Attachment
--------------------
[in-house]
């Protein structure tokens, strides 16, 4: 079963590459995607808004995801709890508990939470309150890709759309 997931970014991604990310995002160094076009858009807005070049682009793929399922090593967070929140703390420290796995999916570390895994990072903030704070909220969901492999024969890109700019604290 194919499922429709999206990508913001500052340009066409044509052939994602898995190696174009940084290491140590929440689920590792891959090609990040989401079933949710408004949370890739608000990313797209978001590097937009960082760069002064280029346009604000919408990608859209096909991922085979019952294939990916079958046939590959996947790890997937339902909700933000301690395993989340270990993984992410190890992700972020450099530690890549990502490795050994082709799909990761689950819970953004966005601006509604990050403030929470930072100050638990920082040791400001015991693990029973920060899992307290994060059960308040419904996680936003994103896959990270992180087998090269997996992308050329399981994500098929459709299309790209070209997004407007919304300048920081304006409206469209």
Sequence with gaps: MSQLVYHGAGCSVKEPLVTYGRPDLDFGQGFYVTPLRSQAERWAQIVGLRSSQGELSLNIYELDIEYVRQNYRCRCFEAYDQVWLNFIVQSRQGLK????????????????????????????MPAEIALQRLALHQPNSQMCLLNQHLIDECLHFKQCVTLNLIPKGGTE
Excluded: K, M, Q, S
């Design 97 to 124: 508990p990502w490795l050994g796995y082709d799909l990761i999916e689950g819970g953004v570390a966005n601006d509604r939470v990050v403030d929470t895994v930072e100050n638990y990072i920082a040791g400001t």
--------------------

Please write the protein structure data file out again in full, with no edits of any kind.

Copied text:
[in-house]
């Protein structure tokens, strides 16, 4: 079963590459995607808004995801709890508990939470309150890709759309 997931970014991604990310995002160094076009858009807005070049682009793929399922090593967070929140703390420290796995999916570390895994990072903030704070909220969901492999024969890109700019604290 194919499922429709999206990508913001500052340009066409044509052939994602898995190696174009940084290491140590929440689920590792891959090609990040989401079933949710408004949370890739608000990313797209978001590097937009960082760069002064280029346009604000919408990608859209096909991922085979019952294939990916079958046939590959996947790890997937339902909700933000301690395993989340270990993984992410190890992700972020450099530690890549990502490795050994082709799909990761689950819970953004966005601006509604990050403030929470930072100050638990920082040791400001015991693990029973920060899992307290994060059960308040419904996680936003994103896959990270992180087998090269997996992308050329399981994500098929459709299309790209070209997004407007919304300048920081304006409206469209």
Sequence with gaps: MSQLVYHGAGCSVKEPLVTYGRPDLDFGQGFYVTPLRSQAERWAQIVGLRSSQGELSLNIYELDIEYVRQNYRCRCFEAYDQVWLNFIVQSRQGLK????????????????????????????MPAEIALQRLALHQPNSQMCLLNQHLIDECLHFKQCVTLNLIPKGGTE
Excluded: K, M, Q, S
């Design 97 to 124: 508990p990502w490795l050994g796995y082709d799909l990761i999916e689950g819970g953004v570390a966005n601006d509604r939470v990050v403030d929470t895994v930072e100050n638990y990072i920082a040791g400001t």